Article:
What is meant by "95% of species"? an argument for the inclusion of rapid tolerance testing

B.J. Kefford, C.G. Palmer, S. Jooste, M.S.J. Warne, D. Nugegoda

    Research output: Contribution to journalArticle

    55 Citations (Scopus)

    Abstract

    It is increasingly common for water quality guidelines and risk assessments to consider the proportion of species at risk from a particular toxicant, based on the species sensitivity distribution (SSD) for that toxicant. There is a premise that the sensitivity data from species included in the SSD are sufficient to predict the effect on species for which there are no data. We discuss and review assumptions that follow this premise and find that for most toxicant SSDs include too few species, and that component species are biased toward particular taxonomic groups, common species and species from North America and western Europe. Consequently, protecting a given percentage, for example, 95%, of species in an SSD will likely protect more or less than 95% of species in nature, by an unknown amount. For the assumptions of SSDs to be better met, there is a need for tolerance data on more species, from more taxonomic and other groups, including rare species and those from widespread localities. In order to achieve this, we argue for the inclusion of rapid tests, which we define as toxicity tests designed to require less effort to conduct, relative to traditional tests, so sensitivity can be quickly and approximately determine in many species. Their use will allow for more species, more representative of natural communities, to be tested and therefore allow the construction of less biased SSDs and thus more accurate guidelines and assessments of risk.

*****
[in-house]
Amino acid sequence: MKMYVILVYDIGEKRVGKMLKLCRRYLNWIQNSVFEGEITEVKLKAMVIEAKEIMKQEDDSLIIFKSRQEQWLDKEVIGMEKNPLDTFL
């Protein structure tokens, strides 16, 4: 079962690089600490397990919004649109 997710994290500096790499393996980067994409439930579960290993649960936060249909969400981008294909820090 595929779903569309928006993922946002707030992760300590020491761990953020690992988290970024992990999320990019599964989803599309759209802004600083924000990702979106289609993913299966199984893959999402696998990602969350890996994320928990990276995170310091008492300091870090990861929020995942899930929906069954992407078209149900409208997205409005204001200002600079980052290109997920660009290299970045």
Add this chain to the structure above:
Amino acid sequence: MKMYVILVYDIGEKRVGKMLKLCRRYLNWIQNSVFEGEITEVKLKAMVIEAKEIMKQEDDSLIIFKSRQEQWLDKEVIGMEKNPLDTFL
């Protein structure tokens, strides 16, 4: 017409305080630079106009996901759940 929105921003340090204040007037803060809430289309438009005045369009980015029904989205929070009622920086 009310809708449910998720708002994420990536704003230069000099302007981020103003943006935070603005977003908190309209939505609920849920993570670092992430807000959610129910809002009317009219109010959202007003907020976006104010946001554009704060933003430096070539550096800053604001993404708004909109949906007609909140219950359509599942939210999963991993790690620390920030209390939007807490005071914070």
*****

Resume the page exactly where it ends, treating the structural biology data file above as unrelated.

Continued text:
Original languageUndefined
    Pages (from-to)1025-1046
    Number of pages22
    JournalHuman and Ecological Risk Assessment
    Volume11
    Issue number5
    DOIs
    Publication statusPublished - 2005

    Cite this